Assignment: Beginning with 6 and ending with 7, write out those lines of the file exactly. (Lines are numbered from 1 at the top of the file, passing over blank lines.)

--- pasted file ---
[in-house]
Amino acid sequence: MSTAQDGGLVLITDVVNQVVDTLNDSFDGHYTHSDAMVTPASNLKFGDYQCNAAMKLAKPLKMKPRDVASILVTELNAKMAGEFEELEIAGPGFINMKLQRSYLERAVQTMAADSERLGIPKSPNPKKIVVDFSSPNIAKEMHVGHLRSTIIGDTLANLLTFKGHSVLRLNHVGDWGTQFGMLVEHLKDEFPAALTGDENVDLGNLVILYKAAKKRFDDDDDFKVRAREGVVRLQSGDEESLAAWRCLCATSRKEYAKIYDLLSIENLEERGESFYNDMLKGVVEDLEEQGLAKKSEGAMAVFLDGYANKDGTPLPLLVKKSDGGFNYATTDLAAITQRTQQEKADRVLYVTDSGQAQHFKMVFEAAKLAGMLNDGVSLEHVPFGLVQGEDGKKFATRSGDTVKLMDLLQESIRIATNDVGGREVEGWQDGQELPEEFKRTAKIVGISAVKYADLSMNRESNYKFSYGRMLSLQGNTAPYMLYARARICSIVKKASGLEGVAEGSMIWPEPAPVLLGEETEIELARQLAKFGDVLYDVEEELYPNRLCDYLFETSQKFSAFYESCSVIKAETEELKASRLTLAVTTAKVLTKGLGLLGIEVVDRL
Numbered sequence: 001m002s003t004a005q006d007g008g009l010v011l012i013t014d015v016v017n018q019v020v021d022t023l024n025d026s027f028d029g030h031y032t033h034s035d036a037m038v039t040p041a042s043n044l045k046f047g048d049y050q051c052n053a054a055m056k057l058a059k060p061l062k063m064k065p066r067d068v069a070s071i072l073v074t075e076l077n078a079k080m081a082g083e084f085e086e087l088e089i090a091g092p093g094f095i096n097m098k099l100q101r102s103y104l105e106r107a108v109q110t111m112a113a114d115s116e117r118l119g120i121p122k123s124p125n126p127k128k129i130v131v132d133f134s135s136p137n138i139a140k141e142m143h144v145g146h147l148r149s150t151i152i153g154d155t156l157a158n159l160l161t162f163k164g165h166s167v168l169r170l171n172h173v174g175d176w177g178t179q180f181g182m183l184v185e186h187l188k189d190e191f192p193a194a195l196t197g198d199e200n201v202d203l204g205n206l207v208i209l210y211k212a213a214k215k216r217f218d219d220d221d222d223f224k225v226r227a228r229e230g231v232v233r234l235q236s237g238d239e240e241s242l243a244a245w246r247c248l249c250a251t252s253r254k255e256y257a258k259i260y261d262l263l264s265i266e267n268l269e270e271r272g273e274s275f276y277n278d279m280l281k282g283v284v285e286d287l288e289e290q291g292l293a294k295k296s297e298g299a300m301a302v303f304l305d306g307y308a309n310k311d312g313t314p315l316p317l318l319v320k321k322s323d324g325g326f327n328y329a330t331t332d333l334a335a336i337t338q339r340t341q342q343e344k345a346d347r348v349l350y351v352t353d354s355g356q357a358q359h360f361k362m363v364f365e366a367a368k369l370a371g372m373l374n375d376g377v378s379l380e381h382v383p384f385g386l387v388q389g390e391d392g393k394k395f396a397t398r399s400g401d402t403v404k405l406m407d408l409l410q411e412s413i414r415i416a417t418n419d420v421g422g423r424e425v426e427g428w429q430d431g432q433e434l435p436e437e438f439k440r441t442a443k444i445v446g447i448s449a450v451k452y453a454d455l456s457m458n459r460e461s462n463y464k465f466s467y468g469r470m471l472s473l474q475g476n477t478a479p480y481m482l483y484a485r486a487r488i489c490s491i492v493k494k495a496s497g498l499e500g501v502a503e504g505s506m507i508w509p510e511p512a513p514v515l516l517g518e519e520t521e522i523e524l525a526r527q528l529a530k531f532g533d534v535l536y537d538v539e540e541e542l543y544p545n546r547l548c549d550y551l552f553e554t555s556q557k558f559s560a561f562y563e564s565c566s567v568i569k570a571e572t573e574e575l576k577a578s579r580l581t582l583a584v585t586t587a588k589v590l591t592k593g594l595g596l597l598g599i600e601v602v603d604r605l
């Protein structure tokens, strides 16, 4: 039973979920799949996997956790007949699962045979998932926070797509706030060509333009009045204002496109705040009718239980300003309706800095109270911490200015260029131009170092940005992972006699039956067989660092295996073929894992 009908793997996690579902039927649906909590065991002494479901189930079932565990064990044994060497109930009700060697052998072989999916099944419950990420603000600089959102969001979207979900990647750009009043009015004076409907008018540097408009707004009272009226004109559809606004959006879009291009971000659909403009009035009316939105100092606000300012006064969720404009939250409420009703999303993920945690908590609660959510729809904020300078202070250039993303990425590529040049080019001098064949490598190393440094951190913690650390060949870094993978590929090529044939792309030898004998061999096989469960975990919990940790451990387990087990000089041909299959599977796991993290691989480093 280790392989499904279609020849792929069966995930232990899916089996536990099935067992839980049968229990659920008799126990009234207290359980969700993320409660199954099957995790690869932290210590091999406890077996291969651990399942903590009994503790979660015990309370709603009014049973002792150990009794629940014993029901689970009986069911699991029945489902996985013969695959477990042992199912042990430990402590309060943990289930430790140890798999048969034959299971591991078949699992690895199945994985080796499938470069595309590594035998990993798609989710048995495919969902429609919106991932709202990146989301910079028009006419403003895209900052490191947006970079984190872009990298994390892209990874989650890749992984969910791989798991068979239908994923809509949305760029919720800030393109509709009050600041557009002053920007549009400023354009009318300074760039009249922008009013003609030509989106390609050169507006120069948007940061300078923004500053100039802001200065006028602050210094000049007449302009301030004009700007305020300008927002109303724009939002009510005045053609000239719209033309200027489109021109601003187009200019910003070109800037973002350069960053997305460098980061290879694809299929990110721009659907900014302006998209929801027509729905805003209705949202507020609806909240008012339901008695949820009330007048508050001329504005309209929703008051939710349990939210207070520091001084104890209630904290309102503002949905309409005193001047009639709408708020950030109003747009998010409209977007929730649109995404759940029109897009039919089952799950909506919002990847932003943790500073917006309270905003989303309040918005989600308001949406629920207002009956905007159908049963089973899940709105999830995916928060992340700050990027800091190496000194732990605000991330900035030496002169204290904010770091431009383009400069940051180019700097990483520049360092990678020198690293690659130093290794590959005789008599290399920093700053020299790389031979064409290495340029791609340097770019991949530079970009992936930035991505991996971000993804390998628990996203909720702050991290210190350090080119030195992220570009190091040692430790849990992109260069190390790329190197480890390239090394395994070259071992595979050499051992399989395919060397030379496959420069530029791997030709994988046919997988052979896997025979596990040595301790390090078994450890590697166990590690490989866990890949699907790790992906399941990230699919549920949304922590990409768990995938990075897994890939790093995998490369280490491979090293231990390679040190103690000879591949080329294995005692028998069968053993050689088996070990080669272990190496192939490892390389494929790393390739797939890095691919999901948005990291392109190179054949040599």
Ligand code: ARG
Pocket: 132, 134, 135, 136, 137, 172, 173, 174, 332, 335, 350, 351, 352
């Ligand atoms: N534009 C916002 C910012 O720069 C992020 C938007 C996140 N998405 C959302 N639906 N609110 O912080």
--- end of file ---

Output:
Pocket: 132, 134, 135, 136, 137, 172, 173, 174, 332, 335, 350, 351, 352
């Ligand atoms: N534009 C916002 C910012 O720069 C992020 C938007 C996140 N998405 C959302 N639906 N609110 O912080």